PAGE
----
Sherlock cut age by five years for election

JOE SHERLOCK took five years off his age to have a better chance of winning a Dáil seat in the 2002 general election.

This emerged at his requiem Mass when his son, Joe Jnr, revealed that the former TD trimmed the years off following the advice of his family at a “kitchen cabinet meeting”.

The family feared that he would lose votes if the electorate found out he was over the 70 mark.

He was 76 when he died in Cork University Hospital last Monday, and not 71 as reported.

A host of big political names turned up at the Mass in Mallow to pay their last respects.

They included Labour’s new leader Eamon Gilmore, and serving TDs Michael D Higgins, Joan Burton, Emmet Stagg, Kathleen Lynch, Ciarán Lynch and Joanna Tuffy.

Circuit Court judge Pat McCartan, a former Workers’ Party TD, also attended, along with one-time Democratic Left leader Proinsias de Rossa and former Labour TDs Eric Byrne and Sean Ryan.

Chief celebrant Fr Micheál O’Lonsaigh said that no matter what political persuasion a constituent was, he or she always got a full hearing from Mr Sherlock.

“His belief was in the value of community.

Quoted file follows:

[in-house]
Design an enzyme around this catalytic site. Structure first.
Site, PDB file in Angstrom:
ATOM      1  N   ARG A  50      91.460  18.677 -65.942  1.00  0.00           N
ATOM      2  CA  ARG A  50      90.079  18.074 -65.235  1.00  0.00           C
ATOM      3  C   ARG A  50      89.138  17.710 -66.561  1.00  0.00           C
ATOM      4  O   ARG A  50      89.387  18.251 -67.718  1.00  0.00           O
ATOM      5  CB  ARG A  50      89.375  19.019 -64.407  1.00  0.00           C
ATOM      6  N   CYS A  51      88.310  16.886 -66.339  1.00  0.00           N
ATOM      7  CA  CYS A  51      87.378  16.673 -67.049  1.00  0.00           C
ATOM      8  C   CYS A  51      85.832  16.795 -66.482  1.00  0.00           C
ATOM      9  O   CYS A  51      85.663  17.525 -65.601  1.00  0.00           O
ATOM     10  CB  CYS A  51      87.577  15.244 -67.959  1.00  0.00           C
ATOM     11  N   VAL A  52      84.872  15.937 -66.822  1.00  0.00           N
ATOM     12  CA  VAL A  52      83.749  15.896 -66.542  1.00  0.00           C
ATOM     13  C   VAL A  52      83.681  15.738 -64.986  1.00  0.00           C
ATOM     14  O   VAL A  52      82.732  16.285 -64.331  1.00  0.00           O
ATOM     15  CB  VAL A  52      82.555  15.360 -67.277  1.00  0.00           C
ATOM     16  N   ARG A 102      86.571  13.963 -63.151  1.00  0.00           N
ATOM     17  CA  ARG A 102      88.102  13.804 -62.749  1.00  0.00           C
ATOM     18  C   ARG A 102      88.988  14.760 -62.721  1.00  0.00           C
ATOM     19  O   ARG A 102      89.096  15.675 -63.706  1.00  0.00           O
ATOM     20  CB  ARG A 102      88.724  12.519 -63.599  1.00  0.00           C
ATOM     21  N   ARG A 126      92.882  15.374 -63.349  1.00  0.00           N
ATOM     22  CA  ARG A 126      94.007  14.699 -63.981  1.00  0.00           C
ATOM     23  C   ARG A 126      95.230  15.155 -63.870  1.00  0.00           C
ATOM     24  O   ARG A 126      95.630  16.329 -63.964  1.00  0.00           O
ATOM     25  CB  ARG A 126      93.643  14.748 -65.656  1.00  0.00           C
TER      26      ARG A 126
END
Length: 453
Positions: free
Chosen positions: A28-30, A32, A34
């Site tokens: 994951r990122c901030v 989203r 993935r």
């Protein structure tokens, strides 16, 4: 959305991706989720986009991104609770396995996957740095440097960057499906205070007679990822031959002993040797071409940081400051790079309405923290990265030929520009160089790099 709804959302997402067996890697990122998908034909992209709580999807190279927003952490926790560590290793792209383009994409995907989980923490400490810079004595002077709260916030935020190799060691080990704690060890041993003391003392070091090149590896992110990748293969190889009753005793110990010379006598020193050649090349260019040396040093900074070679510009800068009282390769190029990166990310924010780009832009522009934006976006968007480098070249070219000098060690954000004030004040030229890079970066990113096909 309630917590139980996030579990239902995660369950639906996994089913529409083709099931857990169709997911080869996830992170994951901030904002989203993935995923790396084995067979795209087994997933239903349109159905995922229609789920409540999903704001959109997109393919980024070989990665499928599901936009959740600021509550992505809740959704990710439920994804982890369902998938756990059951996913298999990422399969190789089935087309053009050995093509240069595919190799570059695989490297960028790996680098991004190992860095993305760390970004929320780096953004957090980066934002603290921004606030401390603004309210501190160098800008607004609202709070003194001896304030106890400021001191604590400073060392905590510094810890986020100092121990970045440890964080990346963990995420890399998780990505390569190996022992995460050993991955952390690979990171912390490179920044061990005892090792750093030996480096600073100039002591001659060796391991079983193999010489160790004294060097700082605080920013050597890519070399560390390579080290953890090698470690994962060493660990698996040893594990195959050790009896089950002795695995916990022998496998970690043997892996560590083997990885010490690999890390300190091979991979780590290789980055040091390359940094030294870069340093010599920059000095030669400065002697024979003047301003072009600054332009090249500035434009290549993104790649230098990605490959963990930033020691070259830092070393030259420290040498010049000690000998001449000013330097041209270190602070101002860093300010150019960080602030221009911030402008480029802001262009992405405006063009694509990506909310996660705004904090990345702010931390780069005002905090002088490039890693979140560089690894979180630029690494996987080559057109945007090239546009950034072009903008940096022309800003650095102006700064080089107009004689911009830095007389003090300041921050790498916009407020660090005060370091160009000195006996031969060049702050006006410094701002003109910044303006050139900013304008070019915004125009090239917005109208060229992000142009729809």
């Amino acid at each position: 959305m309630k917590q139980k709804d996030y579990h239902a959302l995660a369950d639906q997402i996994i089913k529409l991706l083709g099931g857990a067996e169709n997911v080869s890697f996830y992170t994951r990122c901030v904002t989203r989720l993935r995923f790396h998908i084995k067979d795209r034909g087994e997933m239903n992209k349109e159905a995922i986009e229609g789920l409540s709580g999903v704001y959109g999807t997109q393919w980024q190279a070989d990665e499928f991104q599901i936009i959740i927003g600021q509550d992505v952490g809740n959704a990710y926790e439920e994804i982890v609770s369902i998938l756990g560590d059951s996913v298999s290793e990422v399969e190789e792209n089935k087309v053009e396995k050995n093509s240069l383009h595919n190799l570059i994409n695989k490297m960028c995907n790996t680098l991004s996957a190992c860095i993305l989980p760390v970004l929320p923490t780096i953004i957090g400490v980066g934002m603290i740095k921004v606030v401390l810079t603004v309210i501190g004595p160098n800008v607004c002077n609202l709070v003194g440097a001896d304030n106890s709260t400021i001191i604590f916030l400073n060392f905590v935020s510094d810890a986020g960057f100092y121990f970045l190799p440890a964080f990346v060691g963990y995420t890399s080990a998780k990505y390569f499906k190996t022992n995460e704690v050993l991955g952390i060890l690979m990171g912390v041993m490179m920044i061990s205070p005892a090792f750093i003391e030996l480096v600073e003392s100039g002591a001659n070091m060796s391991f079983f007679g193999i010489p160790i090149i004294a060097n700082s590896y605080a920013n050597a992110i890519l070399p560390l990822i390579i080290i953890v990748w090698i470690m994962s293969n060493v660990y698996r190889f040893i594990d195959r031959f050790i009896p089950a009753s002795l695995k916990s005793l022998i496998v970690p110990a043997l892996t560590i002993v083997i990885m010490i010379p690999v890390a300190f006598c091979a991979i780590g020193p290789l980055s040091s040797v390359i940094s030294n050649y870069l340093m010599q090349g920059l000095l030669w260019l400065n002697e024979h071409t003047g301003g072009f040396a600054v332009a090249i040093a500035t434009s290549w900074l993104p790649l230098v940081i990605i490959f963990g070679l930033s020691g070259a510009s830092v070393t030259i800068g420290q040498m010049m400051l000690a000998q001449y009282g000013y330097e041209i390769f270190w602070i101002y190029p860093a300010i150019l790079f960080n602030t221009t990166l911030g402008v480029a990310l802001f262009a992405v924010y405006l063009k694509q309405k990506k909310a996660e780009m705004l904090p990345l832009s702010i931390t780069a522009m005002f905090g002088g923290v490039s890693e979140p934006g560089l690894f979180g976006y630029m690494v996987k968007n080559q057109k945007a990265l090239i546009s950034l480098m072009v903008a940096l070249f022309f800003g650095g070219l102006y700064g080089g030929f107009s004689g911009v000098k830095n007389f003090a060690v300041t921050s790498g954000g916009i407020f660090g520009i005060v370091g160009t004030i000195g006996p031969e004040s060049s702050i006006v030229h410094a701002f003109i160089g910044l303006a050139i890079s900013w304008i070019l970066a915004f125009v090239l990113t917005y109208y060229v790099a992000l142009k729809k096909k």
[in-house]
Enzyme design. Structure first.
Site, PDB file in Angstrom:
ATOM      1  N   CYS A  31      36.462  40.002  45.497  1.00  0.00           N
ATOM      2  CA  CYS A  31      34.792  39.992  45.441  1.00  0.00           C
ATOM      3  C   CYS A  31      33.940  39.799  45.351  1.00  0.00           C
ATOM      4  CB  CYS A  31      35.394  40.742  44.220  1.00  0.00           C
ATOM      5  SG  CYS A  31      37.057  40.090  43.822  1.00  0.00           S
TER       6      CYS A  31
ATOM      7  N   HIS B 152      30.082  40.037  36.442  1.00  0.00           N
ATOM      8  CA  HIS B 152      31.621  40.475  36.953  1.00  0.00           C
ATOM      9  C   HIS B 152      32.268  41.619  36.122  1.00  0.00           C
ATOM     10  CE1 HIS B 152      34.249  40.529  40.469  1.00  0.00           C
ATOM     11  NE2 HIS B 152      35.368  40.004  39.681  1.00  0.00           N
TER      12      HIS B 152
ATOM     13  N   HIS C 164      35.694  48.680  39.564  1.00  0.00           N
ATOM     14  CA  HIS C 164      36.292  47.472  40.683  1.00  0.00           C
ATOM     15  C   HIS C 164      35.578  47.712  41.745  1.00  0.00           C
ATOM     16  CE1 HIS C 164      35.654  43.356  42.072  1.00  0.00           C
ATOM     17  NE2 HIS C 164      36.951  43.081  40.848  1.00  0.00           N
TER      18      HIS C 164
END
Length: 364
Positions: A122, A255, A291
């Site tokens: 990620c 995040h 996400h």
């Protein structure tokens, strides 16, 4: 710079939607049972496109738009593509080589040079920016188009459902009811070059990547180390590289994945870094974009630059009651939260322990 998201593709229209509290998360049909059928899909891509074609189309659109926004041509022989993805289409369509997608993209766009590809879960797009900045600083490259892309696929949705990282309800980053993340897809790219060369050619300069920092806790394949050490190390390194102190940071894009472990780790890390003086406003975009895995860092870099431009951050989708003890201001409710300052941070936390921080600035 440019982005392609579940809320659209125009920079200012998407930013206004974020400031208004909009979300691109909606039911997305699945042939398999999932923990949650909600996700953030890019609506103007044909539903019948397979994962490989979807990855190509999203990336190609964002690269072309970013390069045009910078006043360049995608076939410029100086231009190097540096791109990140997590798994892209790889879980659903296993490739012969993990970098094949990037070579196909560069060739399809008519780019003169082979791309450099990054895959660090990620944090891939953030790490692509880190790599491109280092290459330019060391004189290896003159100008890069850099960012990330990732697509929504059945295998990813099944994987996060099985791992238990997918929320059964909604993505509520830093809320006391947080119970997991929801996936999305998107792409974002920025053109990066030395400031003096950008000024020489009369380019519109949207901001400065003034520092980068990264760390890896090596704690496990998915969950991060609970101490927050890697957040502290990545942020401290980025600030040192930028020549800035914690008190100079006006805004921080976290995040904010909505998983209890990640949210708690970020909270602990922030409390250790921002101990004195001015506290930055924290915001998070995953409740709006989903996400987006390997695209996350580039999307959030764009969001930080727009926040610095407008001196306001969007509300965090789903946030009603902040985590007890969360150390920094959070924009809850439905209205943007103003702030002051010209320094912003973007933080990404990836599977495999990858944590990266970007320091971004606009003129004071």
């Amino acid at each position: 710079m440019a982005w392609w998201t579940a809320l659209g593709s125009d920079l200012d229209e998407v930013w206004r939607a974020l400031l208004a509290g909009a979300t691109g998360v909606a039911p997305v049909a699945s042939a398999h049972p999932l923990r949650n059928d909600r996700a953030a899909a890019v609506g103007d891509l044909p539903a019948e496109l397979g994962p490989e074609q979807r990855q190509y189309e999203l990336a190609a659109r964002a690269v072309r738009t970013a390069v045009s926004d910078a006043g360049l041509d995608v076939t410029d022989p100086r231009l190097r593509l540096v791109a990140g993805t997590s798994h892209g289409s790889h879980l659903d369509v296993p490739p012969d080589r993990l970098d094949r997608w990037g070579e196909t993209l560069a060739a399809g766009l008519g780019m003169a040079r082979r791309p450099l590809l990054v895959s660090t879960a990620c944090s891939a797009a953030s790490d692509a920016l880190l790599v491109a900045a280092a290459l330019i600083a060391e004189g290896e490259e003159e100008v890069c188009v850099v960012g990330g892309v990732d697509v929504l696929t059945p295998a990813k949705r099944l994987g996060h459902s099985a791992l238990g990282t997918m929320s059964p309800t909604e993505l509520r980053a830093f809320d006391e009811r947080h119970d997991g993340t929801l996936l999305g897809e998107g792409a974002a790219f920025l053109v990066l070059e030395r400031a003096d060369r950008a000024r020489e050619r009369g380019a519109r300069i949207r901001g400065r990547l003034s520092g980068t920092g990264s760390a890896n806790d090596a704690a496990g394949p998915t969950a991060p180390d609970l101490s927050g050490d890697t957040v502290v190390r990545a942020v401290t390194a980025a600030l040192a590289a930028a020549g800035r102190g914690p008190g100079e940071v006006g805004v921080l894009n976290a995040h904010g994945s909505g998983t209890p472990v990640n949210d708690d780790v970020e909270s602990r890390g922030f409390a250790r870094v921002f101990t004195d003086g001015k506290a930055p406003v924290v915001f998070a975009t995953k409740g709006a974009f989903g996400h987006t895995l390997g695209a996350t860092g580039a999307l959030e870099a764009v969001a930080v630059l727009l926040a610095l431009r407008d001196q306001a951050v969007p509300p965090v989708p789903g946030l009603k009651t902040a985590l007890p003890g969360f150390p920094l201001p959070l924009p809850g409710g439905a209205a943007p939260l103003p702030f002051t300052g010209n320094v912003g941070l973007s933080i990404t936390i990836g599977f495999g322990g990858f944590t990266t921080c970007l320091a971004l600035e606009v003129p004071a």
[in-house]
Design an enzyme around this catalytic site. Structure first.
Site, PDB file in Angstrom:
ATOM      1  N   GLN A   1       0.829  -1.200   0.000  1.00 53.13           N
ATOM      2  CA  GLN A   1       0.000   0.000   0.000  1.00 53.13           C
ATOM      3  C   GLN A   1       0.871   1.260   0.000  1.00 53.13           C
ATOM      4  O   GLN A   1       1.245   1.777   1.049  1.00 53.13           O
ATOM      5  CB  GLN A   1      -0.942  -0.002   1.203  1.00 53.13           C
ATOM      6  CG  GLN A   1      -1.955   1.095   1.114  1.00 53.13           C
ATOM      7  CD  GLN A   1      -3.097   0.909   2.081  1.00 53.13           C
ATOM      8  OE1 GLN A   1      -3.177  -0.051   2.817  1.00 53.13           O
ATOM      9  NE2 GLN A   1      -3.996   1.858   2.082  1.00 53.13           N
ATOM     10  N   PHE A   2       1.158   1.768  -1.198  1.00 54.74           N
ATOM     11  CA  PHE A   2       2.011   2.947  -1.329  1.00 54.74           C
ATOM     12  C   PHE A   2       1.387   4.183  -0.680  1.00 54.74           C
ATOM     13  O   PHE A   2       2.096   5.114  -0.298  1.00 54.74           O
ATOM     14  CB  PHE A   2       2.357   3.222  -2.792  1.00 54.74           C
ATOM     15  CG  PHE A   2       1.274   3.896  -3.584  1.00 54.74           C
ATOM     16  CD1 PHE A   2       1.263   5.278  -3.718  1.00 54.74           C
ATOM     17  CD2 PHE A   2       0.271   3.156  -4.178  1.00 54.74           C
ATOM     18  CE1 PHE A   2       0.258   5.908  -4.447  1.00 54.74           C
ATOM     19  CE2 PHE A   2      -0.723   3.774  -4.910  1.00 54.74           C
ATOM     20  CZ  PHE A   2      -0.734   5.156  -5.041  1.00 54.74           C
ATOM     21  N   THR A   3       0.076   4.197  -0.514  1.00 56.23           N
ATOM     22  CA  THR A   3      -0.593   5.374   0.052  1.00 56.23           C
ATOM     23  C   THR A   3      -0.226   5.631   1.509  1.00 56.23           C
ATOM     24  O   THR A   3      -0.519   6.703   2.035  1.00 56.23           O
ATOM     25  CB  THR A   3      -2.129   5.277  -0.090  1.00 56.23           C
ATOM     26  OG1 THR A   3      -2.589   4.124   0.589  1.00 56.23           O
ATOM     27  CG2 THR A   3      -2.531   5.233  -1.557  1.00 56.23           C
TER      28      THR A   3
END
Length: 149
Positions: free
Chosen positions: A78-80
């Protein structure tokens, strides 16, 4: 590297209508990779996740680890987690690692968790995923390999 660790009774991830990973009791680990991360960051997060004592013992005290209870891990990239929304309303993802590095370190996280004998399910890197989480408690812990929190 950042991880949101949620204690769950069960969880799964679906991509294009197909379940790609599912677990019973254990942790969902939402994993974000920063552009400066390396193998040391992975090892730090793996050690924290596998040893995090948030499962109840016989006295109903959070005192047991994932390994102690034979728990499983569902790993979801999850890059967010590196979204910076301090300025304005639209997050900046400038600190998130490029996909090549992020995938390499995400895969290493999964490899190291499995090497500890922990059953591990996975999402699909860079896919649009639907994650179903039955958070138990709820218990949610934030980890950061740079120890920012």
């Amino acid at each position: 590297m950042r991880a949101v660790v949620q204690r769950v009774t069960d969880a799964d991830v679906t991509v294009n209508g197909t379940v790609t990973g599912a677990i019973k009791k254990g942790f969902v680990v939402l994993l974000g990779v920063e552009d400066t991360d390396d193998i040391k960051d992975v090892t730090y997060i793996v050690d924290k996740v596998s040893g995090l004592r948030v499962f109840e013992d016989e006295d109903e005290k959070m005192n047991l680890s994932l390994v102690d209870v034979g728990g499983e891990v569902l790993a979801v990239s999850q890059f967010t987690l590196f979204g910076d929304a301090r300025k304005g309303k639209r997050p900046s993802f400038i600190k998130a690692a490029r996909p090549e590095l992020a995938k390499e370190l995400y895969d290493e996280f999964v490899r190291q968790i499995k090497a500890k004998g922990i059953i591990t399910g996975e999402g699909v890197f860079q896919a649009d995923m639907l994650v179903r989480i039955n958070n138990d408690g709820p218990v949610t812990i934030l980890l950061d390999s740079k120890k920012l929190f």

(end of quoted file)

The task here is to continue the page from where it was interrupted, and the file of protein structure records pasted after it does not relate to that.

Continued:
“He was well able to fight his corner, and his adversaries all knew that it came from a deeply held conviction. The people of Mallow and the surrounding area are mourning his loss, but there is a greater loss being felt by his family,” Fr O’Lonsaigh said.

After Mr Sherlock Jnr revealed his father’s true age, it was the turn of sibling Seán to pay tribute to his father’s legacy.

He said the Sherlock family were taken aback by the outpouring of grief among local people, and very grateful for the genuine support they had received.

“He was truly a man of the people and often said that if you stuck by the people they’d stick by you,” he said.

He won a seat for Labour at the last general election after his father announced his decision to retire from politics.

He described his father, a former Sinn Féin the Workers’ Party TD, as “a republican in the Wolfe Tone sense”.

Shortly before the end of his speech, he broke down, but rallied and finished to applause from the 1,000-plus people who packed the Church of the Resurrection.

Mr Sherlock’s coffin, draped in the tricolour, was taken to the awaiting hearse and driven past his house before it went to St Gobnait’s cemetery.

Mr Gilmore delivered a graveside oration, saying: “I was lucky enough to have known Joe Sherlock for almost 30 years. His campaign to retain and strengthen Mallow hospital was a shining example of his dedication and commitment, and an illustration of what can be achieved when public representatives and people stand together.”

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